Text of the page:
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Is acupuncture a risk factor for hepatitis C virus infection?
  1. Tae-Hun Kim1,
  2. Myeong Soo Lee2
  1. 1 College of Korean Medicine, Gachon University, Seongnam, South Korea
  2. 2 Medical Research Division, Korea Institute of Oriental Medicine, Daejeon, South Korea
  1. Correspondence to Dr Myeong Soo Lee, Medical Research Division, Korea Institute of Oriental Medicine, Daejeon, South Korea, 305-811; drmslee{at}gmail.com

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A recently published report in the Journal of Medical Virology on the epidemiological features of hepatitis C virus (HCV) infection by Seong et al 1 has provided interesting and important data regarding the transmission factors of HCV in South Korea. From this study, intravenous drug usage, as in the USA, was the most significant risk factor. Additionally, old age, previous needlestick injury, blood transfusion and past experience of receiving a tattoo were found to be independent risk factors. However, other invasive interventions such as acupuncture, endoscopic procedures and dental treatments, which were also explored as they have a theoretical relationship, were found to be irrelevant to HCV infection in South Korea.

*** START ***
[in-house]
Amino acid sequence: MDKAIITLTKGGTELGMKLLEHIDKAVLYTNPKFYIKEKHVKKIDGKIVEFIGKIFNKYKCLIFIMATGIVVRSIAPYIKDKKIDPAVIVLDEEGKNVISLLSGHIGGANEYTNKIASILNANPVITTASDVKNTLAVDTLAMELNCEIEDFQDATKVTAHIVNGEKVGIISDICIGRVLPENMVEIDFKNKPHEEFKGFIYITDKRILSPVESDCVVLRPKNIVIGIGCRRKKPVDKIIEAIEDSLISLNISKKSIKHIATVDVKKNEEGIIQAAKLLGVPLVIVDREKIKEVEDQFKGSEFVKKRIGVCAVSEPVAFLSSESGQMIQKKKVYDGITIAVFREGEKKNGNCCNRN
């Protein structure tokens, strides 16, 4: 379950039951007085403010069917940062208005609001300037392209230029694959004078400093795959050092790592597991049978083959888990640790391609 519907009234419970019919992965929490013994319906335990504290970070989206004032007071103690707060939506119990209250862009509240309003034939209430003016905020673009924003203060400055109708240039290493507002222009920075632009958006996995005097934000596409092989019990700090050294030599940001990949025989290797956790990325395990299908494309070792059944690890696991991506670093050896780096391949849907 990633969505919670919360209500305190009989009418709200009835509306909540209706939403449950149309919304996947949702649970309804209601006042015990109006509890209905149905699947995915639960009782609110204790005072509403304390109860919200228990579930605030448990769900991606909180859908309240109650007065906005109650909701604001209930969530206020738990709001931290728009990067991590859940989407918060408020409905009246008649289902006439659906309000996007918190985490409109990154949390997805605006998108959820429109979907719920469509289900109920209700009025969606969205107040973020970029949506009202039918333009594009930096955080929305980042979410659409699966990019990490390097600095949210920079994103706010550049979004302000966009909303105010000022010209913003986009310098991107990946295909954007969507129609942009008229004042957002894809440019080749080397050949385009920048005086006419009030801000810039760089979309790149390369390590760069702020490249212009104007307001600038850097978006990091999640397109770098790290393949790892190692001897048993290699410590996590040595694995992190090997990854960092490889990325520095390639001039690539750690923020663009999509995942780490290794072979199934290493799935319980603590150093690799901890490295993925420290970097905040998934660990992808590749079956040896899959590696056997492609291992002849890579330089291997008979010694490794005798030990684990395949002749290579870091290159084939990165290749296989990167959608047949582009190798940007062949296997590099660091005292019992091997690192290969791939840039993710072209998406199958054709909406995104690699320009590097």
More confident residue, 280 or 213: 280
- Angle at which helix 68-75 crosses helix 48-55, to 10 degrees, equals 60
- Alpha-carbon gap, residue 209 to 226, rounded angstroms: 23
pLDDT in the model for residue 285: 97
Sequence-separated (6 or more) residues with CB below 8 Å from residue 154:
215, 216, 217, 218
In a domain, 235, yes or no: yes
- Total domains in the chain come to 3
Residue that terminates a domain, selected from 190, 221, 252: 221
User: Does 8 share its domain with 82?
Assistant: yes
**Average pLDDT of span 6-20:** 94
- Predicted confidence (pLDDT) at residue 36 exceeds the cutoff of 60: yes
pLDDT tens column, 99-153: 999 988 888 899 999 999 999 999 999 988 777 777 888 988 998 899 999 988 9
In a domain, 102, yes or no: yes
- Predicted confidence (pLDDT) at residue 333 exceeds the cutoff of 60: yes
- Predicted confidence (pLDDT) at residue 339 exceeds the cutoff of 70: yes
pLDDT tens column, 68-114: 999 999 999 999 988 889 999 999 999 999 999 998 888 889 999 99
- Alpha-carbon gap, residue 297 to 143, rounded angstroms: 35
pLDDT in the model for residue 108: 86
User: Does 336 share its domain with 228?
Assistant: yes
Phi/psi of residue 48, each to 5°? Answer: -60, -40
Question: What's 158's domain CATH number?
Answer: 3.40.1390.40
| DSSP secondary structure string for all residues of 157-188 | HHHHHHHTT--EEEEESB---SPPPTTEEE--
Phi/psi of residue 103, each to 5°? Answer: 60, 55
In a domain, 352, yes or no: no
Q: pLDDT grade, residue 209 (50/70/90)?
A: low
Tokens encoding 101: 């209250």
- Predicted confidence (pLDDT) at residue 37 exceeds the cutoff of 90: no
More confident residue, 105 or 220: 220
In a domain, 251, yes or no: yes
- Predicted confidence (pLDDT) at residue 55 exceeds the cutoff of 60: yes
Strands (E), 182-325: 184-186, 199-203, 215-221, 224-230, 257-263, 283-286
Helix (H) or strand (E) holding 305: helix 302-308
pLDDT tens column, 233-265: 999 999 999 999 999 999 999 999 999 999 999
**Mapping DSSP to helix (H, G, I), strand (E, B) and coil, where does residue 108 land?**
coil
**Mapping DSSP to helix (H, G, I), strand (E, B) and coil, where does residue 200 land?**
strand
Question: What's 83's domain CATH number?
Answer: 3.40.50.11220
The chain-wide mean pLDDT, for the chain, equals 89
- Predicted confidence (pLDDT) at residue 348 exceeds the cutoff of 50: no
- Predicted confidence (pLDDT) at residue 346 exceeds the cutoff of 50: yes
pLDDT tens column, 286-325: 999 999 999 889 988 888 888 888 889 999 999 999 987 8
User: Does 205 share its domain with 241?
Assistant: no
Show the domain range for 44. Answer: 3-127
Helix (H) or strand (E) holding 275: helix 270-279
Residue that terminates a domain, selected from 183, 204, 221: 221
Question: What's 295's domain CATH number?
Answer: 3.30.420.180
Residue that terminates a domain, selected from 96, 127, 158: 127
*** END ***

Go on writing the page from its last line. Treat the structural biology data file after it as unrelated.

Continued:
As an acupuncture practitioner and researcher, we welcome the results of this study as it clears suspicion related to acupuncture treatment. Disputes over acupuncture have been ongoing since the early 1990s,2 but there has been no convincing evidence as to whether or not acupuncture constituted a possible risk factor for HCV infection.3 The result of this rigorous prospective cohort study with a large sample size assures us that it is not necessary to worry about hepatitis C due to acupuncture any more, at least in South Korea, and future patients can be reassured that there is no risk of HCV infection wherever acupuncture is practised according to safe practice guidelines with single-use disposable needles preventing bloodborne transmission of the virus.

Lastly, I would like to give the authors a small suggestion for improving the quality of reporting the results of the study. In the abstract, the primary outcomes need to be presented with estimated effect size (ORs) and precision, which was the original purpose of this study. The abstract is very important because many doctors only read the abstract for healthcare decisions.4 In the abstract, the authors listed the possible risk factors with the proportion of patients who had them, so from the abstract, acupuncture, endoscopy and dental care might appear to be harmful interventions even though any association was disproved statistically. In this sense, it would be better to report ORs instead of percentage of patients in the abstract.

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Footnotes

  • Contributors T-HK and MSL wrote the manuscript equally.

  • Funding MSL was supported by the Korea Institute of Oriental Medicine (K13281, K13130 and K13400).

  • Competing interests None.

  • Provenance and peer review Not commissioned; internally peer reviewed.

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